By John C. Whitehorn, M.D. Price, not given. Pp. 48, with no illustrations. Charles C Thomas, Publisher, 301-327 E. Lawrence Ave., Springfield, Ill., 1956.
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This little volume contains the Salmon Lectures of the New York Academy of Medicine given the fall of 1955. It represents the crystallization and summary of the reflections of a perceptive and thoughtful psychiatrist and teacher. Whitehorn points out that just as physicians generally see as their goal the "conquering" and wiping out of disease, so every medical specialist should be "dedicated to spoiling his field of expertness by such a radical resolution of the uncertainties in his field as to make a high degree of expertness in certain areas less necessary than before." He emphasizes the point that the pressures increasing graduate training in psychiatry have been directed mostly at taking care of the mentally ill person but not in developing new ideas or even new educational principles. A refreshing breath of skepticism about the completeness of the determinism of human behavior characterizes Whitehorn's philosophy throughout the book. He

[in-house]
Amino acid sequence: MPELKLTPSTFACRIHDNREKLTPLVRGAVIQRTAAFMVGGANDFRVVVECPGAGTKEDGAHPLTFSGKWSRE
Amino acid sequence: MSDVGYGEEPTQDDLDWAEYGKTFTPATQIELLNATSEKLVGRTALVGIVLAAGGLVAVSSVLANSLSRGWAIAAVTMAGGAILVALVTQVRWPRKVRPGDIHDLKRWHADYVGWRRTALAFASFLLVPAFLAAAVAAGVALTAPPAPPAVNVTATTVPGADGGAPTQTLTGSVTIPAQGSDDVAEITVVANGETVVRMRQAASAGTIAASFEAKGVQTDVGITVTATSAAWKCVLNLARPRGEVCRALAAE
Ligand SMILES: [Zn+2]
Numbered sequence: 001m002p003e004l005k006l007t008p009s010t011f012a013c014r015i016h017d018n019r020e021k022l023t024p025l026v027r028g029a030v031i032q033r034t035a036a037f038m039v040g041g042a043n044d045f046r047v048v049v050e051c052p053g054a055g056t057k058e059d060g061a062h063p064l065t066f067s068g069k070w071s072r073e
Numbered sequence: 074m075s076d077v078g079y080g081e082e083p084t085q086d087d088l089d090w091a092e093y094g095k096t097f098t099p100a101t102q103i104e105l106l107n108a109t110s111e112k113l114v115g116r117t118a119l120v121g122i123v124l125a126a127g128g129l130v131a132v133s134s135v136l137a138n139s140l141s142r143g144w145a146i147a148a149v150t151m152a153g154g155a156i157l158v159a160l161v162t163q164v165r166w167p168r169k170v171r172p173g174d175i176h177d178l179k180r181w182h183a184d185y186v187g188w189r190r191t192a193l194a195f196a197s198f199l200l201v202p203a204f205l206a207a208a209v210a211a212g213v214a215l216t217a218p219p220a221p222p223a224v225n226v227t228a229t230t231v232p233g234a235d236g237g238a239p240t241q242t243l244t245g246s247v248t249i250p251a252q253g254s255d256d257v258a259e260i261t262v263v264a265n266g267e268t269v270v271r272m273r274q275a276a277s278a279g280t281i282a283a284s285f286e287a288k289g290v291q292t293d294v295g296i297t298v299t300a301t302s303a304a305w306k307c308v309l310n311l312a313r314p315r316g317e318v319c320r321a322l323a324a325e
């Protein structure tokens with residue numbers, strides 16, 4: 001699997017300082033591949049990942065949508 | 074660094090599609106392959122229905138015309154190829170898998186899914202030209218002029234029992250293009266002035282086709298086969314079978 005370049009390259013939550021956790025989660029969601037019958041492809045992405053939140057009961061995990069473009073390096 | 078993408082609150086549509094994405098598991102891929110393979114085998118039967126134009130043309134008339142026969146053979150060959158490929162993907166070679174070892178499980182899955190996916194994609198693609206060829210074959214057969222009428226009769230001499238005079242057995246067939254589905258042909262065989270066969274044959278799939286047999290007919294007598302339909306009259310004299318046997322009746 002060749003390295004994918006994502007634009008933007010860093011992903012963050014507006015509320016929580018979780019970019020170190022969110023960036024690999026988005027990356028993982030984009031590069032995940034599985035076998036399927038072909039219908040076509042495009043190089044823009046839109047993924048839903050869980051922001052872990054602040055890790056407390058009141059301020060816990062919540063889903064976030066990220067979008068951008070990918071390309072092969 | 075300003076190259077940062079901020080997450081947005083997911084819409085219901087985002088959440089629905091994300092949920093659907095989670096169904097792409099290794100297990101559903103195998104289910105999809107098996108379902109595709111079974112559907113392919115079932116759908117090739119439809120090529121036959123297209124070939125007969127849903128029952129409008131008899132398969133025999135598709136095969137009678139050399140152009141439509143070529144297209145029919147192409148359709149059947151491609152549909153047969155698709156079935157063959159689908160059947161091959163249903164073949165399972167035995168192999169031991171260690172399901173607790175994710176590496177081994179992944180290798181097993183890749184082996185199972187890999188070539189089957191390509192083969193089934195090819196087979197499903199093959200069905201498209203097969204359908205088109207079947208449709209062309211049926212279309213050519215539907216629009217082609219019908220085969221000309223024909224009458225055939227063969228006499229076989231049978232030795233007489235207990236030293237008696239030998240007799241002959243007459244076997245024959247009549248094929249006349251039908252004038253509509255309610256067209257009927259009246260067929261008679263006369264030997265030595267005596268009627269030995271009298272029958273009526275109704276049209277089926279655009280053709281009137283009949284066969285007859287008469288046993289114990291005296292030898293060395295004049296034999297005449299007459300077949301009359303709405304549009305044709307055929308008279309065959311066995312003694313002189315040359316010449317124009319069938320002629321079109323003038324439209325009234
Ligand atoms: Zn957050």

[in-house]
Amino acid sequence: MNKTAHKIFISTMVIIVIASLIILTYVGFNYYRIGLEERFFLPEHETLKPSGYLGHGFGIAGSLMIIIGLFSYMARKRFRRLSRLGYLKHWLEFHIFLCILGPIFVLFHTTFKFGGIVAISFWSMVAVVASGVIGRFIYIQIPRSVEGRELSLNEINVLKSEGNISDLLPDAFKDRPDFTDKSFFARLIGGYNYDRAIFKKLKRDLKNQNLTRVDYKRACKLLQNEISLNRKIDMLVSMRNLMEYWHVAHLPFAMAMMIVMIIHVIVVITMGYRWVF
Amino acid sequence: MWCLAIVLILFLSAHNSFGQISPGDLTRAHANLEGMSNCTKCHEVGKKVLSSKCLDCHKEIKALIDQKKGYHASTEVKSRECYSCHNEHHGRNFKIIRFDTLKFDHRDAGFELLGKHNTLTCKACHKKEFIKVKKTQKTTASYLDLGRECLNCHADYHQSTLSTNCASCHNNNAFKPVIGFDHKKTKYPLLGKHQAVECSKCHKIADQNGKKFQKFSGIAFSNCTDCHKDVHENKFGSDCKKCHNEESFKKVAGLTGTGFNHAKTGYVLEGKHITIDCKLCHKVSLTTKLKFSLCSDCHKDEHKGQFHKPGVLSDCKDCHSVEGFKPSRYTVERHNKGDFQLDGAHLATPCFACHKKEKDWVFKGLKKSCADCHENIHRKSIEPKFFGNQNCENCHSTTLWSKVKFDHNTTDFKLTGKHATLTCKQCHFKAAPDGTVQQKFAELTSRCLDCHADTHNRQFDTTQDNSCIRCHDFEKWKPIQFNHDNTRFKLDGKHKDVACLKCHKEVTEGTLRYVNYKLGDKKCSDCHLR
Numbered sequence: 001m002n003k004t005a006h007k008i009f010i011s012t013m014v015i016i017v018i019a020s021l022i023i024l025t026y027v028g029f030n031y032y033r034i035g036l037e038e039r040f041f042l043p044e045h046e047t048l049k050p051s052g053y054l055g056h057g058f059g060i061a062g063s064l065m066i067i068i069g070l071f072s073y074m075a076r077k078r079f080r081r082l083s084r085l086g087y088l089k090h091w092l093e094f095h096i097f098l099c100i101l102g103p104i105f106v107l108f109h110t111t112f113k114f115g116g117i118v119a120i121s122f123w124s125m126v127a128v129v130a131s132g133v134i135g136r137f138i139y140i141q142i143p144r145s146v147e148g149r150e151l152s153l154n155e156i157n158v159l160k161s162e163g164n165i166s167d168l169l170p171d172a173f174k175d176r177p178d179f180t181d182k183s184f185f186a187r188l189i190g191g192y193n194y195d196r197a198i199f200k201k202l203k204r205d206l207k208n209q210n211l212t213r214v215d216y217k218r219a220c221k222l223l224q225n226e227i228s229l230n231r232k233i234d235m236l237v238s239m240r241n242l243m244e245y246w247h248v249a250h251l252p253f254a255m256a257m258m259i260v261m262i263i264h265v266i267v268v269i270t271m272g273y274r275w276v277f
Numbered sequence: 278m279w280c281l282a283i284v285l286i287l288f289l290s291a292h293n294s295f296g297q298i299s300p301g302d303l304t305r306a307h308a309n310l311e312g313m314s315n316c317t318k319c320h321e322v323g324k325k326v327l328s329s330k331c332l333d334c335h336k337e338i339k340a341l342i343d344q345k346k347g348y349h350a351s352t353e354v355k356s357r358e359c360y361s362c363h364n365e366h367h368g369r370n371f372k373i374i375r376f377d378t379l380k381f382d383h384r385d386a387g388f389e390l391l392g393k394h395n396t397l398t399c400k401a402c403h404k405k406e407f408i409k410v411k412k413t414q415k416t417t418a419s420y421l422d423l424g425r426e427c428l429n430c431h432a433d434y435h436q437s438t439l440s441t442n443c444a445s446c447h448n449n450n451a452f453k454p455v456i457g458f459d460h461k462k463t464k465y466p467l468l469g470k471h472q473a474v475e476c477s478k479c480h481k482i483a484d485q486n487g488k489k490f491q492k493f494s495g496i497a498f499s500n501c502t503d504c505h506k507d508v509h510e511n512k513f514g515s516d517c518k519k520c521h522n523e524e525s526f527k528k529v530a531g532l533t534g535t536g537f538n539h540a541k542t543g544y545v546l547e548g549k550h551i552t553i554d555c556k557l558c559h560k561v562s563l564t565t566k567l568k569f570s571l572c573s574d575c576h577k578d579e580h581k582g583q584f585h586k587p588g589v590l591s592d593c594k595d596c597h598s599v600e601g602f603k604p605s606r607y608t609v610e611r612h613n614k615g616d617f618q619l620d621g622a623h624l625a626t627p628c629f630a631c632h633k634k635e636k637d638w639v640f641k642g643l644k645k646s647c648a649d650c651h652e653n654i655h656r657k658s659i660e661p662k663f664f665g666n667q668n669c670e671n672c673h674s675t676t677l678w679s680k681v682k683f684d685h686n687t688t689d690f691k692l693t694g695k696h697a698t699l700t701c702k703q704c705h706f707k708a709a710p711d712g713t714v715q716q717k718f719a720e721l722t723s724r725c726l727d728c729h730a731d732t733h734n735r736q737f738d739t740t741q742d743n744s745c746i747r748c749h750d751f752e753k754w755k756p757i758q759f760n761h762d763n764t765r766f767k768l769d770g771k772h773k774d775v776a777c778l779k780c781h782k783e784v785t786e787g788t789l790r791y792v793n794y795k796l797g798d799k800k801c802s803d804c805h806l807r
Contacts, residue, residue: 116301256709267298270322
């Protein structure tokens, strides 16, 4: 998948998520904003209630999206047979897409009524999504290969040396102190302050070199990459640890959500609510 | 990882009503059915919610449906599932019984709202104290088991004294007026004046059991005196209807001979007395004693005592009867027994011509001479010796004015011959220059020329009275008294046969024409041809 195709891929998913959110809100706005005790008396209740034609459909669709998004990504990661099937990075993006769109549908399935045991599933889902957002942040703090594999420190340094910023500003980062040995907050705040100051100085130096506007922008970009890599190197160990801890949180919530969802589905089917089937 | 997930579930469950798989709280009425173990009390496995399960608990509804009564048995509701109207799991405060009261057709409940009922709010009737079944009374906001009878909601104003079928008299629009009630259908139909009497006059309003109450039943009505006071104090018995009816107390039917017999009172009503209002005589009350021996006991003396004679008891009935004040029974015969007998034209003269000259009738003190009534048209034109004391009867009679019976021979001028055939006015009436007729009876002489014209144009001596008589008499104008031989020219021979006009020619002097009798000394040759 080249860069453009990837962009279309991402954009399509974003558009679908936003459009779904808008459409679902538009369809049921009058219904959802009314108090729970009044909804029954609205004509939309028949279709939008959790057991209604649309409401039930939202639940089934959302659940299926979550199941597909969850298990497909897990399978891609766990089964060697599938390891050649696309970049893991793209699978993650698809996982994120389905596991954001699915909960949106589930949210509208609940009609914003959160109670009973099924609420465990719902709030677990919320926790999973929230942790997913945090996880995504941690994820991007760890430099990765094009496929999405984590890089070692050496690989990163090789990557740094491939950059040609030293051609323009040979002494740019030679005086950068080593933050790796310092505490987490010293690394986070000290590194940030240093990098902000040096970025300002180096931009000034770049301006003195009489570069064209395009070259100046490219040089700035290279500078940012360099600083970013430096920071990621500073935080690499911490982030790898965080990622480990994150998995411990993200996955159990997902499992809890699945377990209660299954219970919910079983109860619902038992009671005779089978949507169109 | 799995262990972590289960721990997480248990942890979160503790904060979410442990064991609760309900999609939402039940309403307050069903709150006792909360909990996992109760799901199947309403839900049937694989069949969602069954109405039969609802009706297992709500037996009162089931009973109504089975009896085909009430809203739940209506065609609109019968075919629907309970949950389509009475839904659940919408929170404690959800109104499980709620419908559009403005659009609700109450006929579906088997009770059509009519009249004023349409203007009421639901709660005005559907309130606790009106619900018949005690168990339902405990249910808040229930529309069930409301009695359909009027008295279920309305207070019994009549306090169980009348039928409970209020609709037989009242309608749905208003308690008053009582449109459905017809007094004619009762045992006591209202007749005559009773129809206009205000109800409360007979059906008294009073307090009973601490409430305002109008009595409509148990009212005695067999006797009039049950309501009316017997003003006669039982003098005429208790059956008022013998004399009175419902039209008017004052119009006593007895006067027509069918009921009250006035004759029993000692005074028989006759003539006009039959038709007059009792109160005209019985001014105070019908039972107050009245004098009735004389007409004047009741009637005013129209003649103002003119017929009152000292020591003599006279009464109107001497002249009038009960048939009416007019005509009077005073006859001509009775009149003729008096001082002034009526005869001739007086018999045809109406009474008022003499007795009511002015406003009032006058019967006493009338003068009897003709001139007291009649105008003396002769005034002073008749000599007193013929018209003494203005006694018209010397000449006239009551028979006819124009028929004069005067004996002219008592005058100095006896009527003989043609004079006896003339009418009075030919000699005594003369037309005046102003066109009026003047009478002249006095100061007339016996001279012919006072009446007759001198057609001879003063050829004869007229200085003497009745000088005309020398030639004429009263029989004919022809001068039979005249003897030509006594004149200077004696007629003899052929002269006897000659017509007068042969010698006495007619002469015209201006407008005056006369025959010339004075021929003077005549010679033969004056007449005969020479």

Bean WB. Psychiatric Education and Progress. Arch Intern Med. 1962;110(4):543. doi:10.1001/archinte.1962.03620220135023